The 30 by 30 target is informed by science. An analysis of numerous studies published in 2016 in the journal Conservation Letters looked at what level of conservation was needed to “achieve, maximize, or optimize” six objectives of marine protected areas (MPAs)—goals that essentially sum up the ocean’s value to life on Earth: protect biodiversity; ensure connectivity of wildlife populations among MPAs; minimize the risk of fisheries collapse and ensure sustainability; mitigate the adverse evolutionary effects of fishing; maximize or optimize fisheries value or yield; and benefit a range of groups (for example, local communities, fishing fleets, and conservationists). 

Over half of the 144 studies reviewed for the analysis found that more than 30% protection was needed to meet all six of the goals. Protecting 10% or less of the ocean, the researchers concluded, would meet only a fraction of those objectives. Today, according to the Marine Protection Atlas, almost 8% of the world’s ocean is protected—but with only around 2.5% set aside in highly protected zones, a status that yields far more benefits than do MPAs that allow large-scale fishing and other extractive activities.

As the authors of the analysis wrote: “All management strategies have drawbacks. However, establishing a global MPA target has many advantages which …  outweigh such shortcomings.” Specifically, the authors continued, MPAs are simple to explain, politically achievable, and can protect entire ecosystems, versus just one species. 

Of course, to be effective, an MPA—like any protected or conserved space anywhere—must be well designed, adequately financed, and have clear, feasibly enforceable rules. The wide variance of such parameters in the MPAs created over the past few decades has allowed some countries to claim they’re conserving vast areas of the ocean—when, in fact, they’re continuing to permit environmentally damaging extractive activities within those places.

That’s one reason Pew has called for achieving a 30 by 30 marine goal through effectively and equitably managed areas that are ecologically representative of their ocean regions. These could be either MPAs or classified as other effective area-based conservation measures (OECMs), which could include, for example, an area that Indigenous peoples or local communities are sustainably managing using traditional practices, without formal recognition by the regional or national government. OECMs are places that are managed or protected for reasons that may expand beyond environmental conservation but that—because of that management or protection—end up helping safeguard or restore thriving wildlife and ecosystems. And for the 30 by 30 marine effort to succeed, it’s vital that global leaders responsibly manage the other 70% of the ocean. This includes working to end illegal fishing, striving to maintain sustainable fish populations around the world, minimizing pollution, and other efforts.  

"More than 80 countries have publicly stated their support for 30% of the global ocean."

It’s almost impossible to overstate the benefits of a healthy ocean. Aside from directly supporting a dazzling diversity of life—countless fish, plants, corals, algae, seabirds, invertebrates, and marine mammals—the ocean is a cornerstone of the global economy, supporting trillions of dollars’ worth of activity annually, from fisheries, tourism, and recreation to shipping, power generation, and more. And although not all of these activities depend on a healthy marine environment, scientists have found that hitting the 30% target would be very good for the global economy. A 2020 independent cost-benefit analysis completed by more than 100 scientists found that protecting at least 30% of the planet’s land and ocean would require only 0.16% of the global gross domestic product—yet for every $1 invested in such conservation, humanity would reap $5 in goods and services from the planet.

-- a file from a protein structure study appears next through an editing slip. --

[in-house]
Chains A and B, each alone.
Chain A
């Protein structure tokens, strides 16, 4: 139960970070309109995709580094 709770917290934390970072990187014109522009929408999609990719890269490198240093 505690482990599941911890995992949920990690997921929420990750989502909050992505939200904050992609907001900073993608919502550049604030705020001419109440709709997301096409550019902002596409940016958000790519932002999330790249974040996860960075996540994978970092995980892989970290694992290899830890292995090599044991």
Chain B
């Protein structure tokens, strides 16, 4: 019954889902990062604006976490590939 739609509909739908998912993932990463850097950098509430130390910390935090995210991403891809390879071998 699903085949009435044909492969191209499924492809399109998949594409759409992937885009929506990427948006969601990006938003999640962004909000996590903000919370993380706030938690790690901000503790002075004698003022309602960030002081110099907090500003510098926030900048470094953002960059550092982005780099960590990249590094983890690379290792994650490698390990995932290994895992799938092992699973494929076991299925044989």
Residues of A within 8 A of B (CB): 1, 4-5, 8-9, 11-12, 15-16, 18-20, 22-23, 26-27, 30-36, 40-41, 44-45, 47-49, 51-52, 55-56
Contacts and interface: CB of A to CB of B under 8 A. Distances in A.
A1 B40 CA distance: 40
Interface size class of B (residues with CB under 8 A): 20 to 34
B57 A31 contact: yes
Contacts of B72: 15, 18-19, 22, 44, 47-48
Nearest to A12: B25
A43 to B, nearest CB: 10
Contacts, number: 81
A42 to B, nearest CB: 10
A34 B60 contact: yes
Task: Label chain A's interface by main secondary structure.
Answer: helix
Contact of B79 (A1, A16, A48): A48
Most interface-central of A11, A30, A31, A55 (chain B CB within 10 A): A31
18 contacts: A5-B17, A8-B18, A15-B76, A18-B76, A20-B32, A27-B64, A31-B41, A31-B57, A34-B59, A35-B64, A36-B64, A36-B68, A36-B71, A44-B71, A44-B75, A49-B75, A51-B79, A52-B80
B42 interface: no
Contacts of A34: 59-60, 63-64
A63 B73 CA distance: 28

Conversely, allowing a continued slide in marine health would almost certainly cause significant economic damage. Overfishing is a grave threat to our ocean. One-third of the world’s fish populations are overfished, and another 60% cannot sustain any increases in fishing, according to the U.N. Food and Agriculture Organization. Warmer and more acidic marine waters and pollution are killing coral reefs, jeopardizing the future of one of the planet’s most biodiverse ecosystems—and of the marine life reefs support. Unsustainable coastal development is damaging and destroying wetlands, salt marsh, seagrass meadows, and mangrove forests, all of which are critical habitat for myriad species and protect people living nearby from storm surge and other coastal flooding.

But there’s also cause for hope. Countries from the U.K. and Chile to Palau and Australia have taken major steps to safeguard large portions of their exclusive economic zones. In the U.S., President Joe Biden recently committed to conserve 30% of American lands and waters by 2030.

Workers load yellowfin tuna into a truck at a fishing port in Banda Aceh, Indonesia. One-third of the world’s fish populations are overfished, and another 60% can’t sustain any fishing increases.
Chaideer Mahyuddin AFP via Getty Images

And in areas where governments have successfully implemented large, highly protected MPAs, the results are encouraging. Marine life is flourishing thanks to these MPAs—in part because although fish neither know nor abide by MPA boundaries, the protected areas allow fish to feed and breed free from human threats, bolstering ecosystem health inside the MPA and fisheries in the surrounding waters. Recent studies of the Papahanaumokuakea MPA in Hawaii and the Galápagos Marine Reserve in the eponymous islands off of Ecuador showed that tuna fleets caught more fish following the creation of each protected area than they had before.